Infrastructure as code tools like Ansible, Chef, Puppet, Terraform, etc. can make it easy to build and manage infrastructure in the cloud.
But as with any code, this can quickly devolve into a fragile monolith that is difficult and scary to change.
In order to routinely change, extend, and improve a system, it needs to be well designed. Change management practices and tooling need to create confidence that changes will work correctly, and that the impact of failures will be low and easily corrected. This creates a virtuous cycle of continuously improving the quality of the systems.
This talk explores infrastructure design patterns used at multiple clients across financial services, retail, public sector, media, and others that support continuous change to:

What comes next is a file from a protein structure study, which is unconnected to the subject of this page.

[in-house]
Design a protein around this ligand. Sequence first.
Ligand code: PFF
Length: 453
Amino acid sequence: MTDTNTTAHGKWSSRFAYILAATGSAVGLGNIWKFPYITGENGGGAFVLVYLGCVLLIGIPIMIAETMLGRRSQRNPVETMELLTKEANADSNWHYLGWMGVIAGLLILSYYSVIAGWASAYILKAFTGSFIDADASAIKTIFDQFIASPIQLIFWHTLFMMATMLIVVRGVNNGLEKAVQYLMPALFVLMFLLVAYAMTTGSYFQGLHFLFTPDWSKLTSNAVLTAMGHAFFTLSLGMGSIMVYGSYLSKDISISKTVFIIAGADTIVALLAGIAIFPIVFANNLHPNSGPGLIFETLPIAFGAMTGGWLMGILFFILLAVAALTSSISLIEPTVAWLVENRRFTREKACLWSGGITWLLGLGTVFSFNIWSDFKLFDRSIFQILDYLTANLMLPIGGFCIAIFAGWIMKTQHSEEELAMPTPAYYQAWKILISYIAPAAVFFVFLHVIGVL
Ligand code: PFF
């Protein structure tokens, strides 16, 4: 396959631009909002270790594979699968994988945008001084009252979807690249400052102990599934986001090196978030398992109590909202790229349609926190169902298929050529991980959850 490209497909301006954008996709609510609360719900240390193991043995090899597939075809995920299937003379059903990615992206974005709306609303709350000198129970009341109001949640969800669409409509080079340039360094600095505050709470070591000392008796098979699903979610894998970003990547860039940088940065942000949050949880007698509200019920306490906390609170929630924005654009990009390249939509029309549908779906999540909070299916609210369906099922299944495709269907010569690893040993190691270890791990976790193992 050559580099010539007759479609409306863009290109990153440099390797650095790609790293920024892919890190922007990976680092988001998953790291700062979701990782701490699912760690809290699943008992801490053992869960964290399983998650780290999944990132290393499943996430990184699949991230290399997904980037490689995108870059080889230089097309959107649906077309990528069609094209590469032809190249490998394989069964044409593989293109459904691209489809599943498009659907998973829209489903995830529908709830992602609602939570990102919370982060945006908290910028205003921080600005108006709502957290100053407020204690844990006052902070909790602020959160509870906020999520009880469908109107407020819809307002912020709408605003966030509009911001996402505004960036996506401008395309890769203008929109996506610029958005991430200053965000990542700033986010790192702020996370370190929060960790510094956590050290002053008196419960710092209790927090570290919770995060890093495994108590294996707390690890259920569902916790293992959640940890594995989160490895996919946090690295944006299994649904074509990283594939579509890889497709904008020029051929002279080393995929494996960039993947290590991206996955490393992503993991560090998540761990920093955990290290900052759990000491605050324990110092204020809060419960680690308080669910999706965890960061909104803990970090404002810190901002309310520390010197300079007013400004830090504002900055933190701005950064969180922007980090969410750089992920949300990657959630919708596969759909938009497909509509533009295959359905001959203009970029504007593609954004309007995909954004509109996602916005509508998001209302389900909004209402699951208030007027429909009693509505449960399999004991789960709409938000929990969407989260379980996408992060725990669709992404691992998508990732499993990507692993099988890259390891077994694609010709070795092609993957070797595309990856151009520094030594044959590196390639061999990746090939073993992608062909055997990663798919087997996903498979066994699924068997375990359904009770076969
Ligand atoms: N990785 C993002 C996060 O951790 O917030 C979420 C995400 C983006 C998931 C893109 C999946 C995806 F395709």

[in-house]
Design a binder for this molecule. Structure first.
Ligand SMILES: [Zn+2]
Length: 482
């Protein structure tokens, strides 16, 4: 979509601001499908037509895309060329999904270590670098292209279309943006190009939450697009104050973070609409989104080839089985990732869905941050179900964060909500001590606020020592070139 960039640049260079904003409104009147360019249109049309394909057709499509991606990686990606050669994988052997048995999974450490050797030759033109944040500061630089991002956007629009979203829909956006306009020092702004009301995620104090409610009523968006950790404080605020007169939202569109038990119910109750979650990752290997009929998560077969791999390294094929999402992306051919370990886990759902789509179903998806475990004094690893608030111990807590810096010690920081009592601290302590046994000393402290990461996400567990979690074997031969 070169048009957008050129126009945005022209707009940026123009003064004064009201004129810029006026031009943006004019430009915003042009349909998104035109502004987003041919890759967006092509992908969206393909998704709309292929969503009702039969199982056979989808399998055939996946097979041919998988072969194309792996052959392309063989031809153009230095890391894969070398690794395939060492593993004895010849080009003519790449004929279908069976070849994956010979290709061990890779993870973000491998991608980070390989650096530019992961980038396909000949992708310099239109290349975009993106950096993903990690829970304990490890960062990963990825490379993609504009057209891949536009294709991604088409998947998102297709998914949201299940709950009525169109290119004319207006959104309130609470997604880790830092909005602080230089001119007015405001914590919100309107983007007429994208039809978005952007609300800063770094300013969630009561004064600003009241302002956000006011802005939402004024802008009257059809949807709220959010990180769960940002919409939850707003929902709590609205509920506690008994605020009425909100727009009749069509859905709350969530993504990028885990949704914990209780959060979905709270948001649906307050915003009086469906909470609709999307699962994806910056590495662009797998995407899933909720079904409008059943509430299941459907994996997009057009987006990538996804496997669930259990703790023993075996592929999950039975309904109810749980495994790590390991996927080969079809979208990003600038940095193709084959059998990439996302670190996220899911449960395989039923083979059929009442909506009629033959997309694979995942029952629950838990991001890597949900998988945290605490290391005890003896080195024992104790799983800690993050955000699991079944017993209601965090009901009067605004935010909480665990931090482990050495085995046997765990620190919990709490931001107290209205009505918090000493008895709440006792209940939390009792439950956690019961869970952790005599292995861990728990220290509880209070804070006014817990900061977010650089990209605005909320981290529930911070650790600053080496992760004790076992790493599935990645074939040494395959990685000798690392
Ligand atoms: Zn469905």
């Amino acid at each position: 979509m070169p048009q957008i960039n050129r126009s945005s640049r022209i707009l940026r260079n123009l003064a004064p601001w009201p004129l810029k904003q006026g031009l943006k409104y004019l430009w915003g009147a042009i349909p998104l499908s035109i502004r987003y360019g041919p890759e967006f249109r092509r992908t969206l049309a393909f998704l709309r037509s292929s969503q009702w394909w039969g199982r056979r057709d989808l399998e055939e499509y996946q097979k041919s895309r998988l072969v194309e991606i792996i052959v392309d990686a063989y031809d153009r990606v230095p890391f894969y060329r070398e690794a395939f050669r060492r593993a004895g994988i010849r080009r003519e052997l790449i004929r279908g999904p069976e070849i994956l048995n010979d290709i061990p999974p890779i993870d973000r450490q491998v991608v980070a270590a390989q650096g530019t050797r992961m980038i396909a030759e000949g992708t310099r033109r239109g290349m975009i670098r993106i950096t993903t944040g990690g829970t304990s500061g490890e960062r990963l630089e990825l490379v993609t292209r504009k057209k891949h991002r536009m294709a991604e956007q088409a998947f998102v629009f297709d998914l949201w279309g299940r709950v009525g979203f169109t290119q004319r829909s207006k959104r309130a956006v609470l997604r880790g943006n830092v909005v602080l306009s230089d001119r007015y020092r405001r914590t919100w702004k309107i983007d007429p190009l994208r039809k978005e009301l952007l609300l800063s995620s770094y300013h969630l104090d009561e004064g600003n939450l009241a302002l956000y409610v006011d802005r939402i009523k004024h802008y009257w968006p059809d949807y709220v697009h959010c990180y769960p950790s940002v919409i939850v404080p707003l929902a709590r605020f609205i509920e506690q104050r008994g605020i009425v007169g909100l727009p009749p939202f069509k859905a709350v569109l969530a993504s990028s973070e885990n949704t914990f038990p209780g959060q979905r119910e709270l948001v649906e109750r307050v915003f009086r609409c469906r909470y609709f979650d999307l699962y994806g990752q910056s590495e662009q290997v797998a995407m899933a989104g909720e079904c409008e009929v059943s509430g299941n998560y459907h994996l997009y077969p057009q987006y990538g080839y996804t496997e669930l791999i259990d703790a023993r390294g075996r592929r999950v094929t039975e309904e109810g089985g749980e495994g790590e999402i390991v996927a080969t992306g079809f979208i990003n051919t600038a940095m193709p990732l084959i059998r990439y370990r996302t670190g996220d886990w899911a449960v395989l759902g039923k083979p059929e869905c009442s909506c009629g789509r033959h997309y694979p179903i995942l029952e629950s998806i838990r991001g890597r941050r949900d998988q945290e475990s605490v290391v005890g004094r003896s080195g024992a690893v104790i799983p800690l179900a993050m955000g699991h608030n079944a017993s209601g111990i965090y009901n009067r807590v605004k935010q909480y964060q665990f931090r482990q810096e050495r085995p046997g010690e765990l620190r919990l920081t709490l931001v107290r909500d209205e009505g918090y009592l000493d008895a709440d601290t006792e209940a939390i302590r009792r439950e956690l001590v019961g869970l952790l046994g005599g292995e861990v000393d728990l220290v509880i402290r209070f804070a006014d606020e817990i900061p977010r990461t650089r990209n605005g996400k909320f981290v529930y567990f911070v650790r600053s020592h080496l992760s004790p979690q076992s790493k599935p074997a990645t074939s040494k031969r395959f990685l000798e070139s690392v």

- Reduce the “blast radius” for a given change
- Facilitate scaling different elements of a system according to traffic requirements
- Make it easy to update, upgrade, and refactor systems without requiring massive, organization-wide programmes of change
- Improve security, visibility, auditability, and observability of systems
- Increase the number of people and teams able to work across systems while minimizing coordination overhead
Topics covered include:
- Designing and implementing an effective infrastructure test automation strategy
- Creating change management pipelines that enforce rigorous change control processes while supporting rapid, frequent changes
- Structuring infrastructure codebases for environments (e.g. Terraform, CloudFormation, etc.), server configuration (e.g. Ansible, Chef, Puppet), container orchestration clusters (e.g. Kubernetes), container images (e.g. Docker), and serverless functions (i.e. Function as a Service)